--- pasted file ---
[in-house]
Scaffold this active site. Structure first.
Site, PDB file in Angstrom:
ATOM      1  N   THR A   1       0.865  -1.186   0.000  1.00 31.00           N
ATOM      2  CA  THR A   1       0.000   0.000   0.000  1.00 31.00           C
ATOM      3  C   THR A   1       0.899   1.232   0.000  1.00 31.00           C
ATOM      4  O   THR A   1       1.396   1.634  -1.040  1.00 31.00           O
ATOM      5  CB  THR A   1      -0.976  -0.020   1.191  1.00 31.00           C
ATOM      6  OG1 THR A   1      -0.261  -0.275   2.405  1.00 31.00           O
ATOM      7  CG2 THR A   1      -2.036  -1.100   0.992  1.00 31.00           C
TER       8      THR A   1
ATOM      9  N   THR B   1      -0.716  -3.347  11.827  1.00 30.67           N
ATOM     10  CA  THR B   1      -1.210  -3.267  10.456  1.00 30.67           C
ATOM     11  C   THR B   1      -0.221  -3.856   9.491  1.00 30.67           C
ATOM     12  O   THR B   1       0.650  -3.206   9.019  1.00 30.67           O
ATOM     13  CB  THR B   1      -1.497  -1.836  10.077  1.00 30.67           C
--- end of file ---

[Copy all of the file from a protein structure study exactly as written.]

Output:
[in-house]
Scaffold this active site. Structure first.
Site, PDB file in Angstrom:
ATOM      1  N   THR A   1       0.865  -1.186   0.000  1.00 31.00           N
ATOM      2  CA  THR A   1       0.000   0.000   0.000  1.00 31.00           C
ATOM      3  C   THR A   1       0.899   1.232   0.000  1.00 31.00           C
ATOM      4  O   THR A   1       1.396   1.634  -1.040  1.00 31.00           O
ATOM      5  CB  THR A   1      -0.976  -0.020   1.191  1.00 31.00           C
ATOM      6  OG1 THR A   1      -0.261  -0.275   2.405  1.00 31.00           O
ATOM      7  CG2 THR A   1      -2.036  -1.100   0.992  1.00 31.00           C
TER       8      THR A   1
ATOM      9  N   THR B   1      -0.716  -3.347  11.827  1.00 30.67           N
ATOM     10  CA  THR B   1      -1.210  -3.267  10.456  1.00 30.67           C
ATOM     11  C   THR B   1      -0.221  -3.856   9.491  1.00 30.67           C
ATOM     12  O   THR B   1       0.650  -3.206   9.019  1.00 30.67           O
ATOM     13  CB  THR B   1      -1.497  -1.836  10.077  1.00 30.67           C